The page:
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Jules Verne: Paris In the 20th Century; A Lost Novel

Updated on February 4, 2013

Nighttime Paris from the Eiffel Tower

(Photo in the late 2000s, by kalimevole on
(Photo in the late 2000s, by kalimevole on

Back to the Future

This is speculative fiction from Jules Verne (1828 - 1905), is not as popularly read as Five Weeks in a Balloon, The Time Machine, or 20,000 Leagues Under the Sea. In fact, it was not published until 1994. However, it is grand in its predictions and off the timeline of real occurrences by mere years.

Author Verne set Paris and his forecast of its future in 1960, an early year of the US and Soviet Space Programs during the Cold War. For additional period information, one can view the films The Right Stuff and K-19.

For another criticism of capitalistic society, see the work of Franz Kafka in The Metamorphosis.

What Was Happening in 1960?

One of the most memorable events of 1960 was the US Presidential election that places America's first Catholic present in office: John Fitzgerald Kennedy. With the event the US Space Program blossomed out into the universe with the President's challenge to reach our moon by the end of the 1960s.

In France, President Charle de Gaulle was on early duty, serving from 1959 - 1969 with the French Fifth Republic (constitution of October 1958), which was a revitalization movement to bring renewal to Paris and all France after WWII. The President wished to be independent from larger national powers and to develop French nuclear weapons during the Cold War. President de Gaulle called for Europe to lead the destiny of world ahead of the USSR, and USA.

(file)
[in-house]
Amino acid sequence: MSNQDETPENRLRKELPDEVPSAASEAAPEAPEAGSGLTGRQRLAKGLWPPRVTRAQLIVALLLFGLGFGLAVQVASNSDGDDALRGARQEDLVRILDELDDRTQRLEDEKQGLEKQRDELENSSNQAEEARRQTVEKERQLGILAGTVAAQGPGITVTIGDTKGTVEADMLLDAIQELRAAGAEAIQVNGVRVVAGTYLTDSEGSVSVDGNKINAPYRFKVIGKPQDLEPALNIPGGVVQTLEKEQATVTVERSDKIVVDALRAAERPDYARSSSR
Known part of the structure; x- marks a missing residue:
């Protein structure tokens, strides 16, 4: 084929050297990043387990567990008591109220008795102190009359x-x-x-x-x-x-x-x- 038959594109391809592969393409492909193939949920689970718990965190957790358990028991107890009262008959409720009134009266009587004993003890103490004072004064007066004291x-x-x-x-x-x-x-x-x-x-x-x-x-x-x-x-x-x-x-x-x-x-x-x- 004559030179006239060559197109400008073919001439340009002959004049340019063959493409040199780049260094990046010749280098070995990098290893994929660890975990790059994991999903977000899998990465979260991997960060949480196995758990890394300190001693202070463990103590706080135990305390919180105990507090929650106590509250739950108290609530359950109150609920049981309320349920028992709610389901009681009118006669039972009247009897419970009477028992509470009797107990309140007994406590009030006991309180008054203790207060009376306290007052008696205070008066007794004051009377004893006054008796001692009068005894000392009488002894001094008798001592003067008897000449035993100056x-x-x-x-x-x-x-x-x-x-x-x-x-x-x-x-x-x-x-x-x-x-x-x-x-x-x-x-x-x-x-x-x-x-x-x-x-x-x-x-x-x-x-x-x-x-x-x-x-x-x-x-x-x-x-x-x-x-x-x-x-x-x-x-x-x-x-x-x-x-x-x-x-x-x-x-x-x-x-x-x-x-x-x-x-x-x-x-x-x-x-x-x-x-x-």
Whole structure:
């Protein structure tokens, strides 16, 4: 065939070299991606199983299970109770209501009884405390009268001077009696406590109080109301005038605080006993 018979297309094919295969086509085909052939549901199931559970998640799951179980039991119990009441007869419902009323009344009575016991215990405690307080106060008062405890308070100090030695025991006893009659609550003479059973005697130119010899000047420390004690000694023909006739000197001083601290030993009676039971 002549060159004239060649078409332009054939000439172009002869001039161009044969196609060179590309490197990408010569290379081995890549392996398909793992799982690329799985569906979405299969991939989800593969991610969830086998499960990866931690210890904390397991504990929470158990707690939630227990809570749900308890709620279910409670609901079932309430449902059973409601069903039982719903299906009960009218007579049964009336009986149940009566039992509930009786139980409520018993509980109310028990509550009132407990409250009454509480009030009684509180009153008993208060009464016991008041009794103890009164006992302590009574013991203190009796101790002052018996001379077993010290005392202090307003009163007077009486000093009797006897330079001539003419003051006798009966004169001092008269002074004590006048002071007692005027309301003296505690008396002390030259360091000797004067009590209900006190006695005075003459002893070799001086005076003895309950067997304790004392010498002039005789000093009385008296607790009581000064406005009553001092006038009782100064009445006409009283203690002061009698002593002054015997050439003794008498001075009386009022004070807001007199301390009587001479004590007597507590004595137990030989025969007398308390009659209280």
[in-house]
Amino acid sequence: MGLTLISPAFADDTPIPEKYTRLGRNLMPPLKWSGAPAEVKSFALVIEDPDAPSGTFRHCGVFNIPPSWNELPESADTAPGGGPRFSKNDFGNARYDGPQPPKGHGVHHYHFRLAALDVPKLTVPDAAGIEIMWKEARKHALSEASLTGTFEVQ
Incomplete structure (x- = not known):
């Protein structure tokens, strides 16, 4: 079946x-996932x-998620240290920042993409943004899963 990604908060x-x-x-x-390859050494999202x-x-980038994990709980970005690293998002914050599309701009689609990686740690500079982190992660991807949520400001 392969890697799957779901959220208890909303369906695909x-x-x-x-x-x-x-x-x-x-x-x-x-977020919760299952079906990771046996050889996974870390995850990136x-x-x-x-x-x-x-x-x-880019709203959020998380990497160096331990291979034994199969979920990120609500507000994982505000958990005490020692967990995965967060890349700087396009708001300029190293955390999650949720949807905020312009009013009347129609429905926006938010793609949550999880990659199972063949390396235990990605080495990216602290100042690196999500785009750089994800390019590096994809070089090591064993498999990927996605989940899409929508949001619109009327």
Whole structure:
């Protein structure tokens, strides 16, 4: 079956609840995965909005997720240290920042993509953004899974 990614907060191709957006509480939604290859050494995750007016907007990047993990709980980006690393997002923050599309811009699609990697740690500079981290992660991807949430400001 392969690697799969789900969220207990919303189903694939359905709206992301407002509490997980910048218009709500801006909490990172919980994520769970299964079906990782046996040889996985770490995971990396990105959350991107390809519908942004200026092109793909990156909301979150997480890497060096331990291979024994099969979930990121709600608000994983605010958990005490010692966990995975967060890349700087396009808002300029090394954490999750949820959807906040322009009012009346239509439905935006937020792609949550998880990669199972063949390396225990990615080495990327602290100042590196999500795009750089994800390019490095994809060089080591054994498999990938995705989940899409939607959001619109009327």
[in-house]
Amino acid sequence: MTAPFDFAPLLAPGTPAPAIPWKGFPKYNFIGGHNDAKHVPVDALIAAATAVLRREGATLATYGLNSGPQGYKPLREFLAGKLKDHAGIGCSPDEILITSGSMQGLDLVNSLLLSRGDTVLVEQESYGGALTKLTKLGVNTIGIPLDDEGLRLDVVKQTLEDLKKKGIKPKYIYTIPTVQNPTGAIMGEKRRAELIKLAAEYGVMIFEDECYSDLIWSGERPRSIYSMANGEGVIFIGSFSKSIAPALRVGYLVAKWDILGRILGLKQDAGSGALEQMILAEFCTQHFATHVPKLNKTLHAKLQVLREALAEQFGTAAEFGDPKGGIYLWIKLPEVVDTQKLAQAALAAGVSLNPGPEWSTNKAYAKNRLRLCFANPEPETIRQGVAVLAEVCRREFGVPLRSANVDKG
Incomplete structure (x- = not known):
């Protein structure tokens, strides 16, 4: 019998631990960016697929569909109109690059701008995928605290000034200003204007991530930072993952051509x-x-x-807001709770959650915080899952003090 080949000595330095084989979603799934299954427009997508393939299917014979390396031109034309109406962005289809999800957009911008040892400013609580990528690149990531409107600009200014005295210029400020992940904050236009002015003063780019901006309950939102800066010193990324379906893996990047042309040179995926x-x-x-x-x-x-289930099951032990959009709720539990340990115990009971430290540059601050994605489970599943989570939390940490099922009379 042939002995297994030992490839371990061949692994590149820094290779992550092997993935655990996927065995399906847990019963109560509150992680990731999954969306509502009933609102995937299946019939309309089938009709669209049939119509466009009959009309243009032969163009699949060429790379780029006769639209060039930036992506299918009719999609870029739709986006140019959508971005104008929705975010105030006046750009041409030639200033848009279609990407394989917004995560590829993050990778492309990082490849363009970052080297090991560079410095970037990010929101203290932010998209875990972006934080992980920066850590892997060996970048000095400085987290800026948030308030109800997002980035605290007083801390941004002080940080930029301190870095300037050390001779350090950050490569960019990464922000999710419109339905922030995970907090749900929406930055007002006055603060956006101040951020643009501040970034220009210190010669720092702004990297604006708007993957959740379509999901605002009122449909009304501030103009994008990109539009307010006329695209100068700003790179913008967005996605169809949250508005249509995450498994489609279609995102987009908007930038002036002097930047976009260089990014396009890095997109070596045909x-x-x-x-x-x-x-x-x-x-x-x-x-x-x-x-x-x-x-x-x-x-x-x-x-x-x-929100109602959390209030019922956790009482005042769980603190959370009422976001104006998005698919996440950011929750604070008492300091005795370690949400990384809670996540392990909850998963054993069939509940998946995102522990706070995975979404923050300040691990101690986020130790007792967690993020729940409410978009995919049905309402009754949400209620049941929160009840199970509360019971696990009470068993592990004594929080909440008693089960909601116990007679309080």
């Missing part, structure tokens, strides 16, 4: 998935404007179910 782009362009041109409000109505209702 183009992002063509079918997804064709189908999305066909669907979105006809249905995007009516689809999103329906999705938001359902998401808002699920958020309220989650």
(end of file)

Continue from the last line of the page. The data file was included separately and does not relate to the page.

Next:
Other 1960 Events

  • Harper Lee published her Pulitzer classic, To Kill a Mockingbird.
  • The US sci-fi pulp magazine industry began to quickly decline. Major futurist writers continued to publish short stories in magazinesthat remained (eg. Analog)
  • The first functional laser was built by T. H. Maiman in America.
  • Donald A. Glaser, invented the bubble chamber for examining subatomic particles in America.
  • Also in America, chlorophyll was synthesized and the birth-control pill was invented.
  • Echo I, the first communications satellite, launched, validating Arthur C. Clarke's writings.
  • May 1 thru 16: The American U-2 spy plane, flown by Francis Gary Powers, was shot down over the Soviet Union air space. Soviet Premier Nikita Khrushchev cancelled the Paris Summit Conference because of U-2 incident.
  • May 23: A leading WWII Nazi executioner of Jews, Adolf Eichmann, was captured by Israelis in Argentina and later transported to Israel for execution.
  • Senegal, Ghana, Nigeria, Madagascar, and Zaire/Belgian Congo gain independence from European countries, including France.
  • At least 900 US military advisers are already stationed in South Vietnam, observing, but tacitly supporting the French interests.

Sci-Fi Films and Speculation Written in 1960

  • Film of Jules Verne's The Time Machine released in 1960, the setting year of his Parisian forecast in Paris in the Twentieth Century.
  • Film Voyage to the Bottom of the Sea released in 1961
  • Film The Angry Red Planet released. 
  • French Sci-Fi/Fantasy/Horror films released: Eyes Without a Face, Stowaway in the Sky, Zazie in the Metro.

Métro La Chapelle

This public transportation and metro stop is much like that found in Verne's forecasts for Paris in 1960. (cvan on
This public transportation and metro stop is much like that found in Verne's forecasts for Paris in 1960. (cvan on

1960 in 1860